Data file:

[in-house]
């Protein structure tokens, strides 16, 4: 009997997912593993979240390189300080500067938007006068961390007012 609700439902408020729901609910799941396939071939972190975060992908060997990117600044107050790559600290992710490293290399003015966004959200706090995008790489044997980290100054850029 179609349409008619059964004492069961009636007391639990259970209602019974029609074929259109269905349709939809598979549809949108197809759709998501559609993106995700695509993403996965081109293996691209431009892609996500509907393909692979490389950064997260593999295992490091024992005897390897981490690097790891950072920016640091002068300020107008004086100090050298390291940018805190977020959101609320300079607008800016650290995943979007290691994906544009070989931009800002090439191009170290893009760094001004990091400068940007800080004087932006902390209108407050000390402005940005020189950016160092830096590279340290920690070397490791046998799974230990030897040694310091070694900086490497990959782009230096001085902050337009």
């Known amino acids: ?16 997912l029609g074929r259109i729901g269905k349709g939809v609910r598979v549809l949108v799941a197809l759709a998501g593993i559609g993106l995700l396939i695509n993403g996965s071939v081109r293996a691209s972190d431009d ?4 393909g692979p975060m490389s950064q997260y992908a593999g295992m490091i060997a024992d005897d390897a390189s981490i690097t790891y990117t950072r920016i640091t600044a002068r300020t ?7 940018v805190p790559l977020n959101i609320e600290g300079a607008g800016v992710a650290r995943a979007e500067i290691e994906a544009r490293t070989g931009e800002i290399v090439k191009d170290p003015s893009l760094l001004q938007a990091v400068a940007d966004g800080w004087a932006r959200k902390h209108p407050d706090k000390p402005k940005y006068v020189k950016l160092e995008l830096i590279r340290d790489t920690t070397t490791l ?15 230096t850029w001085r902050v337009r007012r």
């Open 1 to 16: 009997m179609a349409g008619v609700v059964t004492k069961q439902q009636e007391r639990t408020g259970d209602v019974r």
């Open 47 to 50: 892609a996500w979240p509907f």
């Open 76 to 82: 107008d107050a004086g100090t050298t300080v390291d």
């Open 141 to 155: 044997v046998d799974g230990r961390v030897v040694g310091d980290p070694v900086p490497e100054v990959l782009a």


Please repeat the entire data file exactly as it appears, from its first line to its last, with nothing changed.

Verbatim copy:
[in-house]
């Protein structure tokens, strides 16, 4: 009997997912593993979240390189300080500067938007006068961390007012 609700439902408020729901609910799941396939071939972190975060992908060997990117600044107050790559600290992710490293290399003015966004959200706090995008790489044997980290100054850029 179609349409008619059964004492069961009636007391639990259970209602019974029609074929259109269905349709939809598979549809949108197809759709998501559609993106995700695509993403996965081109293996691209431009892609996500509907393909692979490389950064997260593999295992490091024992005897390897981490690097790891950072920016640091002068300020107008004086100090050298390291940018805190977020959101609320300079607008800016650290995943979007290691994906544009070989931009800002090439191009170290893009760094001004990091400068940007800080004087932006902390209108407050000390402005940005020189950016160092830096590279340290920690070397490791046998799974230990030897040694310091070694900086490497990959782009230096001085902050337009």
């Known amino acids: ?16 997912l029609g074929r259109i729901g269905k349709g939809v609910r598979v549809l949108v799941a197809l759709a998501g593993i559609g993106l995700l396939i695509n993403g996965s071939v081109r293996a691209s972190d431009d ?4 393909g692979p975060m490389s950064q997260y992908a593999g295992m490091i060997a024992d005897d390897a390189s981490i690097t790891y990117t950072r920016i640091t600044a002068r300020t ?7 940018v805190p790559l977020n959101i609320e600290g300079a607008g800016v992710a650290r995943a979007e500067i290691e994906a544009r490293t070989g931009e800002i290399v090439k191009d170290p003015s893009l760094l001004q938007a990091v400068a940007d966004g800080w004087a932006r959200k902390h209108p407050d706090k000390p402005k940005y006068v020189k950016l160092e995008l830096i590279r340290d790489t920690t070397t490791l ?15 230096t850029w001085r902050v337009r007012r």
């Open 1 to 16: 009997m179609a349409g008619v609700v059964t004492k069961q439902q009636e007391r639990t408020g259970d209602v019974r």
């Open 47 to 50: 892609a996500w979240p509907f």
């Open 76 to 82: 107008d107050a004086g100090t050298t300080v390291d």
């Open 141 to 155: 044997v046998d799974g230990r961390v030897v040694g310091d980290p070694v900086p490497e100054v990959l782009a």